Security collaboration will facilitate a move away from a static infrastructure to a highly dynamic organic infrastructure that responds to cyber-threats. An organization will be able to move from buckets of people with point responsibilities to a less-siloed taskforce. 

If the infrastructure is more secure, it is better for all. The business world is highly connected, and if everyone is more secure, we are all better off. Those who have the experts should share this intelligence across the entire landscape to improve security.

Cody stated: “The future is sharing, but it must be in an effective manner.”

Careers in cybersecurity industry around open sharing and security systems

“The key is to be active in the community.”

Cody offered some advice on building a career as a cybersecurity professional.

Security is a great profession; it pays well and is recession-resilient. You don't need a Ph.D., master’s or even a degree. If you can prove you are proficient, you can get a great job.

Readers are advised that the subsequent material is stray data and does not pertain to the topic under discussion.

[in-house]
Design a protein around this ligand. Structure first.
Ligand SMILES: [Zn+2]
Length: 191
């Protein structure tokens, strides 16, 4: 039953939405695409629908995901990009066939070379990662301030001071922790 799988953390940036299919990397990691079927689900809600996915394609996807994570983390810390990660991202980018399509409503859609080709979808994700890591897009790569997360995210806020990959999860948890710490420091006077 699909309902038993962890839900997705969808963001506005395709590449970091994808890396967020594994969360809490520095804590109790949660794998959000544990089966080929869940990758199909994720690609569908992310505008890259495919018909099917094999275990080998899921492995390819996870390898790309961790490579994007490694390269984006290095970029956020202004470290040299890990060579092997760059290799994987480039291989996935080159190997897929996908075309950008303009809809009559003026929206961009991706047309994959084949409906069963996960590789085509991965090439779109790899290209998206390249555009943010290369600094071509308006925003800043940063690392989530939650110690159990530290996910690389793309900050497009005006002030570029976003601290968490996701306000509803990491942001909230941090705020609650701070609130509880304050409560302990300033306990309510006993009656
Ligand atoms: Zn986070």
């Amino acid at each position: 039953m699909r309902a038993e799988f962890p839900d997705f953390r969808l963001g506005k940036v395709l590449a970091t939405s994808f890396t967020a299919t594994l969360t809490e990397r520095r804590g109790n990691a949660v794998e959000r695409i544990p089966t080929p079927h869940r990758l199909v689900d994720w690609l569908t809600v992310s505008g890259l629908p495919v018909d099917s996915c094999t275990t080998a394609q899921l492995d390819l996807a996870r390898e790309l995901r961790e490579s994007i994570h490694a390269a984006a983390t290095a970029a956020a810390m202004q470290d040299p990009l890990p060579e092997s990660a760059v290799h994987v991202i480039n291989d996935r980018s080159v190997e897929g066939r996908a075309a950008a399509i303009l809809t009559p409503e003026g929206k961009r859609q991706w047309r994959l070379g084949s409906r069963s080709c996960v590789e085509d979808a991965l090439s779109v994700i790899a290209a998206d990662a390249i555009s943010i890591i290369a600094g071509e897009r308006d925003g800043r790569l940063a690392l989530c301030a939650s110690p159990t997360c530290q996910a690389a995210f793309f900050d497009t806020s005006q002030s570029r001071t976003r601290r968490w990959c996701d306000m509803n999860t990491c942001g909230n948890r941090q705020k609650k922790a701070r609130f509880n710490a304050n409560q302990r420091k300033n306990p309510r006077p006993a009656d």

Be practical and know how things work. Understand how to install the components of an infrastructure, Active Directory, NGINX, AWS, and so on. Create practical skills. Understand how data works. Understand how technology works. Build a lab; tear it up, break it down.

You don't need to code. If you can't, update documentation for an open-source project that's popular. This gets you in front of people who can help you become a great security professional.

Cody finished by saying: “This isn't just a job for me, it’s a passion.”

Swimlane current projects

Swimlane is focused on some of the major pain points that organizations struggle with. Skilled staff shortages are causing real pain in industry. Alongside this, the sheer number of technologies that require securing, cause issues. This situation has created a large surface area: each new technology needs to be monitored and managed. Making them work together is important. The surface area and security technology sprawl are complicated.